He stated, “it starts with understanding how the relationship between interest rates, liquidity and risk assets work. Low-interest rates imply access to cheap credit. When there is access to cheap credit, there is lee-room to invest widely in business with this credit, and by implication as well, an appetite for Riskier Assets is increased. However, when this changes and interest rates increase, the cost of financing loans becomes more expensive, and thus drives businesses, Hedge Funds and other entities to lower their credit exposure. In a scenario like this, endeavours that are considered riskier, are avoided so that entities can reduce their exposure.”
He didn’t stop there, he further stated, “In this instance, Crypto is still considered further out the risk curve than more traditional asset classes and while the others have suffered drawdowns just as dramatically, Crypto has taken that, and even worse by comparison. We largely expect that this flight to safety will continue, until general investor confidence in taking risk, is restored.”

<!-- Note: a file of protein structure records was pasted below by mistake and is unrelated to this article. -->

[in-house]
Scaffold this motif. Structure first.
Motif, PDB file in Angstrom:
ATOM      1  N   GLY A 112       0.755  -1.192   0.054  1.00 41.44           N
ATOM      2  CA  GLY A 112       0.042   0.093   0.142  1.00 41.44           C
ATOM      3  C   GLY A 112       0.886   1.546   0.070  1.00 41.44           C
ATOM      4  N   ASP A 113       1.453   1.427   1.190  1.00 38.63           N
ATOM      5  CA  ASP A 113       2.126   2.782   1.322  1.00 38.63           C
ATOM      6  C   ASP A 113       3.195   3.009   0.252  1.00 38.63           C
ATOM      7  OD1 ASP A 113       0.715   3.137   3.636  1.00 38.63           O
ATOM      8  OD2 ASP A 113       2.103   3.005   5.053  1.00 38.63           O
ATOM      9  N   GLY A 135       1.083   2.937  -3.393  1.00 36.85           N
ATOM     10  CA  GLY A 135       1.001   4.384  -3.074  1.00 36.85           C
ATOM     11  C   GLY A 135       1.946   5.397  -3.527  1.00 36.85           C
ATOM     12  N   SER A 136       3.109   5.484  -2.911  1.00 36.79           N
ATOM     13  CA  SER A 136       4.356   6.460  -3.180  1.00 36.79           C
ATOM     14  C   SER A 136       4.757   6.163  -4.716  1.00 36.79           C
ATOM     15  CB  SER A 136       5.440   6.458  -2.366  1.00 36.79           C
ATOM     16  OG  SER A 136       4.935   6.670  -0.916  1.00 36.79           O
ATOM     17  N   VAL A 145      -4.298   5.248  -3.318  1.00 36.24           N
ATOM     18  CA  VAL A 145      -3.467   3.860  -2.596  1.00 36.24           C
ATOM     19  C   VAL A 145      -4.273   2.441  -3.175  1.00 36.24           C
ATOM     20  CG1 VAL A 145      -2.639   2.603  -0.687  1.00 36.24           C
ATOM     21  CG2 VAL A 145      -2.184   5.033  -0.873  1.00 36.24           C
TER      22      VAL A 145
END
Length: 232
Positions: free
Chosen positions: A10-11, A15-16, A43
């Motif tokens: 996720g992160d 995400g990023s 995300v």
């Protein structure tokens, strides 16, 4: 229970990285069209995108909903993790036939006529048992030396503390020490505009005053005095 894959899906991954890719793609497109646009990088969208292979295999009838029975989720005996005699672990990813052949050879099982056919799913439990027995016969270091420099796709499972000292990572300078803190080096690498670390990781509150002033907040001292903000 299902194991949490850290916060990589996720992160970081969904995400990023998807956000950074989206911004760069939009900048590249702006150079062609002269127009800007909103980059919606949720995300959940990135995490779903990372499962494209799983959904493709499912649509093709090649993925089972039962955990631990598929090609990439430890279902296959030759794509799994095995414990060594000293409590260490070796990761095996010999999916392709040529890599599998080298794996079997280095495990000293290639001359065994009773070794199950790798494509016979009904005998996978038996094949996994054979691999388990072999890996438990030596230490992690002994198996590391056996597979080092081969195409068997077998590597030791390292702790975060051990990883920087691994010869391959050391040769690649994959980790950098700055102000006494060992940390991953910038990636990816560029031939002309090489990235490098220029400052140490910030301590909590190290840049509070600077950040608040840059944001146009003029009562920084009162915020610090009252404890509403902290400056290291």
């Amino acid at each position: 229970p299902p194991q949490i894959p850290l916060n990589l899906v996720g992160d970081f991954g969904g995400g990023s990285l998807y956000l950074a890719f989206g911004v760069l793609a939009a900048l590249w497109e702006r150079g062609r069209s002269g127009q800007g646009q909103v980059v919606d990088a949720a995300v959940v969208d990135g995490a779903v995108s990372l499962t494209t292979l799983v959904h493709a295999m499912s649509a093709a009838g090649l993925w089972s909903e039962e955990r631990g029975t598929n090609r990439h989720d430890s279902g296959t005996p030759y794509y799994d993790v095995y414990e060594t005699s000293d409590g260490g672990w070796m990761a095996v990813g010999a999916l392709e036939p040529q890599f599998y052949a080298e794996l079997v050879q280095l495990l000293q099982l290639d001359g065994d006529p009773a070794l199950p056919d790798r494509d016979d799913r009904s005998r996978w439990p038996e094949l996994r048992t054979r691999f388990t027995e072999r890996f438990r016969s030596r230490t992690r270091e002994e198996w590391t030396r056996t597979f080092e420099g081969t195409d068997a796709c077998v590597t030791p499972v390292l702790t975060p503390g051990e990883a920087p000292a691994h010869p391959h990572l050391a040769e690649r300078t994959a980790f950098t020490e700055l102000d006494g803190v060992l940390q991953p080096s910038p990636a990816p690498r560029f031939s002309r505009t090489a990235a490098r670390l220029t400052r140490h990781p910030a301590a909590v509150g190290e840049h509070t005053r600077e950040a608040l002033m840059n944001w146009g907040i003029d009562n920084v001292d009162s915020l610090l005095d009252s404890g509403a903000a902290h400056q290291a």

Olumide Adesina, Financial market analyst at Quantum Economics explained that the worry of an interest rate hike is the reason why we have experienced major selloffs in the crypto space.
He stated, “Since the beginning of 2022, digital assets have experienced significant volatility as investors weighed in rising interest rates and rapidly rising energy prices. But what does the remainder of the year hold, with numerous rate hikes and possibly the potential that the Fed may have to raise rates even higher to combat stubbornly high inflation? Less money floating around in financial markets is a net negative for investments as a whole, and it’s likely to have a negative influence on digital asset prices as investors focus on capital preservation and core assets.”